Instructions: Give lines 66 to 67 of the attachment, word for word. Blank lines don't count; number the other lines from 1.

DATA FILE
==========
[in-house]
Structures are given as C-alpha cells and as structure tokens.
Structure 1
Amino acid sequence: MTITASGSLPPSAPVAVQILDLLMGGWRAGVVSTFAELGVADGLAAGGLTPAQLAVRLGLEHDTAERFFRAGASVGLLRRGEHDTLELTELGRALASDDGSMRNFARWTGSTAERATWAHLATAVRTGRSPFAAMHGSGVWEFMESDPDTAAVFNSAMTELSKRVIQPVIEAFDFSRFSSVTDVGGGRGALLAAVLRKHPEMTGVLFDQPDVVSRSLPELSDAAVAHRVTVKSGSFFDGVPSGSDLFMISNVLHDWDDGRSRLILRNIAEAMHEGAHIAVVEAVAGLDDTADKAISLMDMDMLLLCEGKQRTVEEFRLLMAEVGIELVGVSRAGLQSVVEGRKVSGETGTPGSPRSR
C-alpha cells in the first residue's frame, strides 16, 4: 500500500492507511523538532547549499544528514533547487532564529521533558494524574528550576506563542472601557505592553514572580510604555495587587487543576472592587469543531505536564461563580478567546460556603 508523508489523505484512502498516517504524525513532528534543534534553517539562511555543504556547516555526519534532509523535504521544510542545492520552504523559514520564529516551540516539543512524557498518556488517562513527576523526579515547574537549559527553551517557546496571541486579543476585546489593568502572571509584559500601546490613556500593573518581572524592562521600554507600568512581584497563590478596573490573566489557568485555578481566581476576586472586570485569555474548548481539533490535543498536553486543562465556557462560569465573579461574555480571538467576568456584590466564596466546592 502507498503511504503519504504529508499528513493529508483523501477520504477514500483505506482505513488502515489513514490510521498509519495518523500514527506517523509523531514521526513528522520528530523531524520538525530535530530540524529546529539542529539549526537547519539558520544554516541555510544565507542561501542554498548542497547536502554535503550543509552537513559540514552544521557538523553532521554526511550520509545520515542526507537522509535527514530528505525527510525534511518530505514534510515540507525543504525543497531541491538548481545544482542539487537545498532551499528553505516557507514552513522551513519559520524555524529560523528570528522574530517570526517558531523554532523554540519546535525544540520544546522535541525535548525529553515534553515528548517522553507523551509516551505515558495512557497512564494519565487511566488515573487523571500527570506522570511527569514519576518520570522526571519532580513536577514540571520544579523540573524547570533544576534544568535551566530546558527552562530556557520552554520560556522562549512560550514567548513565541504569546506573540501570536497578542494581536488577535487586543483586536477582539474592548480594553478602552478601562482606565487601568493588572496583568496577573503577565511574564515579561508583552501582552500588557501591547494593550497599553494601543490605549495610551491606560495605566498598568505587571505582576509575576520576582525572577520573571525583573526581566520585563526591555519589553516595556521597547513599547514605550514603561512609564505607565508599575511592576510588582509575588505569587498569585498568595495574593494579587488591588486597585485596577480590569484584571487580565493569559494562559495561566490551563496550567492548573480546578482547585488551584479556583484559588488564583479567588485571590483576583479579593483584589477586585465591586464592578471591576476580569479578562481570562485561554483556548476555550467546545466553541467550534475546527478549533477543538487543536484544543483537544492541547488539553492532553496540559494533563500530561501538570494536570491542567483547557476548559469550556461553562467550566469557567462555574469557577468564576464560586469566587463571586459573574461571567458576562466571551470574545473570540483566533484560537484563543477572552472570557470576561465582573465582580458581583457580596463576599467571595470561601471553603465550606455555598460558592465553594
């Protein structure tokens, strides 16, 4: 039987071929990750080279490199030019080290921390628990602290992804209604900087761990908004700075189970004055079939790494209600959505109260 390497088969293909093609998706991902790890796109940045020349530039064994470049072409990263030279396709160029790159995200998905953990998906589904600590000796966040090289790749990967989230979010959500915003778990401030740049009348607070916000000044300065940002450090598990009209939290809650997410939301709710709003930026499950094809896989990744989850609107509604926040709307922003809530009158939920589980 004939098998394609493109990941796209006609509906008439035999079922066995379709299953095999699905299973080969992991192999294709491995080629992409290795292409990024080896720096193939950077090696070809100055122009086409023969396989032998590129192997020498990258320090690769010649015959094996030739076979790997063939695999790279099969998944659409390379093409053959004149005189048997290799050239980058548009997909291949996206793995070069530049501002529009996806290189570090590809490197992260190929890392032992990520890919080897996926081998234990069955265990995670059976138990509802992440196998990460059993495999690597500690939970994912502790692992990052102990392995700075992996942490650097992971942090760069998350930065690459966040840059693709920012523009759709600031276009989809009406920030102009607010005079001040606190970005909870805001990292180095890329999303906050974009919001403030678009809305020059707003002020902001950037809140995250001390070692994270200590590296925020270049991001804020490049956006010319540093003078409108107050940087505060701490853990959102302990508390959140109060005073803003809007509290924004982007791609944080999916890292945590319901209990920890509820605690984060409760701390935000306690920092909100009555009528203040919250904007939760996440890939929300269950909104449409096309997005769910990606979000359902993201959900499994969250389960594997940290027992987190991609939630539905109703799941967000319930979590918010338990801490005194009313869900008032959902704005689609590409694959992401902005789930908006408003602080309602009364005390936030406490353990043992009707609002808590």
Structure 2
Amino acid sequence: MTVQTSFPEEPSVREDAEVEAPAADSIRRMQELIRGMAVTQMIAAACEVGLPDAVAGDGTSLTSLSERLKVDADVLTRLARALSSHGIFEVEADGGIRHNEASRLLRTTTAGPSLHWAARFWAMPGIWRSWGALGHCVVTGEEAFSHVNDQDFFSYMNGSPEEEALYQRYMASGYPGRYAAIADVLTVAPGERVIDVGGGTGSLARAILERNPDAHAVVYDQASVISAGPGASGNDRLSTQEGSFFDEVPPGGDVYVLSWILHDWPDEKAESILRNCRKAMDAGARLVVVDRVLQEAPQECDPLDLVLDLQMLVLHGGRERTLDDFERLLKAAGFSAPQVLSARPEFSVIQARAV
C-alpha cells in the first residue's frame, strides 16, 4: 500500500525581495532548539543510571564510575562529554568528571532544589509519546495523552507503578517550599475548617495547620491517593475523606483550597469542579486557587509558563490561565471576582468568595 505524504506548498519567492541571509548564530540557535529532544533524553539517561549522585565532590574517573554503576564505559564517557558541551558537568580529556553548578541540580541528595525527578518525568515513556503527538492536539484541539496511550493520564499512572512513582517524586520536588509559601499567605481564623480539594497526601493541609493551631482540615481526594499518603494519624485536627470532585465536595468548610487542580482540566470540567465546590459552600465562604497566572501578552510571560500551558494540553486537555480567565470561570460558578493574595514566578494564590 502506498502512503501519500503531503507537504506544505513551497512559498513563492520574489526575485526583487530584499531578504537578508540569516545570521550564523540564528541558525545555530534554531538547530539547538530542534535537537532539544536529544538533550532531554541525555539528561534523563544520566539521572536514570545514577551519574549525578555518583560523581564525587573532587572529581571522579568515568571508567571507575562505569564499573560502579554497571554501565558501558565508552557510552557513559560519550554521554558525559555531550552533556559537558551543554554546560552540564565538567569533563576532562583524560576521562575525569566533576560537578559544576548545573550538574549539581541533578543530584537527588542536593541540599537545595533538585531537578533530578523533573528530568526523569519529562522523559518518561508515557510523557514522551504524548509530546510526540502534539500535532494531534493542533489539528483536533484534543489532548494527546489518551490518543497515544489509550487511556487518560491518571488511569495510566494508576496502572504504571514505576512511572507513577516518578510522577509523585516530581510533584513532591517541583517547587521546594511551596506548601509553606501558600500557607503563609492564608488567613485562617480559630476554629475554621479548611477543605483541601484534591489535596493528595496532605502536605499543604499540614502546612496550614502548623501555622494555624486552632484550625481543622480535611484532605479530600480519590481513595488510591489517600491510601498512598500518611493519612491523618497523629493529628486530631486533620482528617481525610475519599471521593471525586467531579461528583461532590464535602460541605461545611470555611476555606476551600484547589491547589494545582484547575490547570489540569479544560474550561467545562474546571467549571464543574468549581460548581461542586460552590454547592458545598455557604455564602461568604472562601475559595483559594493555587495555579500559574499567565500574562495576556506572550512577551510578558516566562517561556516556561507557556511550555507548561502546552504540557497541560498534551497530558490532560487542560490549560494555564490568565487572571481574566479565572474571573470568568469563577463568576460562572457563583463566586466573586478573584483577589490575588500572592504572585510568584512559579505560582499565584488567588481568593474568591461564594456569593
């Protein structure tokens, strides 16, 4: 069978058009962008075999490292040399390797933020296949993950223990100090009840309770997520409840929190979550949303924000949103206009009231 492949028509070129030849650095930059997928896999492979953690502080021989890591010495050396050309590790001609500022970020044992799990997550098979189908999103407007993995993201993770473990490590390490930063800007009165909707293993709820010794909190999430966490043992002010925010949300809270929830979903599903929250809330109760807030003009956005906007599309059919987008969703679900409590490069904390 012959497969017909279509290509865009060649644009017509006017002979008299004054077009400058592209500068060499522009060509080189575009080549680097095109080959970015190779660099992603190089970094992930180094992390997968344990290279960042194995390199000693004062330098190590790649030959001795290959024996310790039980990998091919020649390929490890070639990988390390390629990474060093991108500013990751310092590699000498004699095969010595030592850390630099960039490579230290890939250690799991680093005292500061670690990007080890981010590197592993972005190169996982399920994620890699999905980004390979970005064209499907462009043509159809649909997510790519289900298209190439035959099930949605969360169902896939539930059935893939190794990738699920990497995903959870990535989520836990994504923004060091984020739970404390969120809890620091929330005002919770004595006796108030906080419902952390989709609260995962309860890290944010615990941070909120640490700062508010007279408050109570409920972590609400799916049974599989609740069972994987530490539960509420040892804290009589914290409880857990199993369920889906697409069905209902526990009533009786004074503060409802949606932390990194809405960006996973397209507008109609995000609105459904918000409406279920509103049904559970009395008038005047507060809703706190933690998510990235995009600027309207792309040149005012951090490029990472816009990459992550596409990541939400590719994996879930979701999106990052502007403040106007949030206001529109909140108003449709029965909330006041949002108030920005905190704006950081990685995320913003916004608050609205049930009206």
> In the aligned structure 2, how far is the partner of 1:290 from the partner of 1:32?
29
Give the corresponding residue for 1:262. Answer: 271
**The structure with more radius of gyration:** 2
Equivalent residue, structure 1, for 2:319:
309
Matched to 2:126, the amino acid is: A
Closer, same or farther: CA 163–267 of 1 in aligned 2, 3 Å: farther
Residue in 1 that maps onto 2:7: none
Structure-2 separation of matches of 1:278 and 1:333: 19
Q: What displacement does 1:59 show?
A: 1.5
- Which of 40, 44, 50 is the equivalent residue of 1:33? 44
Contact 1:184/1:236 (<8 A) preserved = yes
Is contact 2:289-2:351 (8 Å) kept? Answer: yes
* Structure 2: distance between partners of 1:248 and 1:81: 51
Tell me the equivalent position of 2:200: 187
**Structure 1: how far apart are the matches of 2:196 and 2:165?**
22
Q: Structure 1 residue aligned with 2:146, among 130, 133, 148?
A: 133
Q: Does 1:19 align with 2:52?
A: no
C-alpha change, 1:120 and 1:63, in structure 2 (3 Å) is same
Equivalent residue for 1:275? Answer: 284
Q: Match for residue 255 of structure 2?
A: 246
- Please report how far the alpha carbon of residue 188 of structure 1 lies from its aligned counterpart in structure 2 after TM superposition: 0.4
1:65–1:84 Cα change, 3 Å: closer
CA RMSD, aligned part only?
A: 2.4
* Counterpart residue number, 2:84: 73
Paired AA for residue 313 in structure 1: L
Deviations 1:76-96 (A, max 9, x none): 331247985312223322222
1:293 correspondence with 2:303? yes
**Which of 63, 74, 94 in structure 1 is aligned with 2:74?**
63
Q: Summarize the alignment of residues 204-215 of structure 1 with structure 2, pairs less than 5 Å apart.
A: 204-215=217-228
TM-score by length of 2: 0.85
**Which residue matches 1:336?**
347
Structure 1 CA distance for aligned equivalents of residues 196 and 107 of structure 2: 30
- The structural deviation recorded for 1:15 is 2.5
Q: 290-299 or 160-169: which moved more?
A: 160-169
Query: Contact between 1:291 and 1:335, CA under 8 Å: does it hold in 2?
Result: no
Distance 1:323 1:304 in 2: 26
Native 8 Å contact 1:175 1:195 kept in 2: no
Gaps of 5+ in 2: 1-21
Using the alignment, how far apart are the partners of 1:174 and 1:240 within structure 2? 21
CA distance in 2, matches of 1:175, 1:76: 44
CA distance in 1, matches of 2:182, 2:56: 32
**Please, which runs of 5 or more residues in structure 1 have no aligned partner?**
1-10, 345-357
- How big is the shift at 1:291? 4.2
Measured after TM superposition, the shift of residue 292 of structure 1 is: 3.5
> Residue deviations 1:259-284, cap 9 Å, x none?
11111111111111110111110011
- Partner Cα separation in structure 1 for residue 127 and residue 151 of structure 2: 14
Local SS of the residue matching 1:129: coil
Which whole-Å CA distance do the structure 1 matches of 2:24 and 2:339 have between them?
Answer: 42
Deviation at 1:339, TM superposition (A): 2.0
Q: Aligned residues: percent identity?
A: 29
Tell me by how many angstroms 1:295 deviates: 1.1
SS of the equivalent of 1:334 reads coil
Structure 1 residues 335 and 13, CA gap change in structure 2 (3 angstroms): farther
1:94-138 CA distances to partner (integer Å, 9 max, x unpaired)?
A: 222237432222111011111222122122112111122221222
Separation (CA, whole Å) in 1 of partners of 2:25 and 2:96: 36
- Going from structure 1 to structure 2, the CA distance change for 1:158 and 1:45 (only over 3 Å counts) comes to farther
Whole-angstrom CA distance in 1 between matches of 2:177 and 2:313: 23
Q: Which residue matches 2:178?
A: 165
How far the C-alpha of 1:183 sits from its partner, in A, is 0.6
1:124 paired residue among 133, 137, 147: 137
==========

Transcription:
1-10, 345-357
- How big is the shift at 1:291? 4.2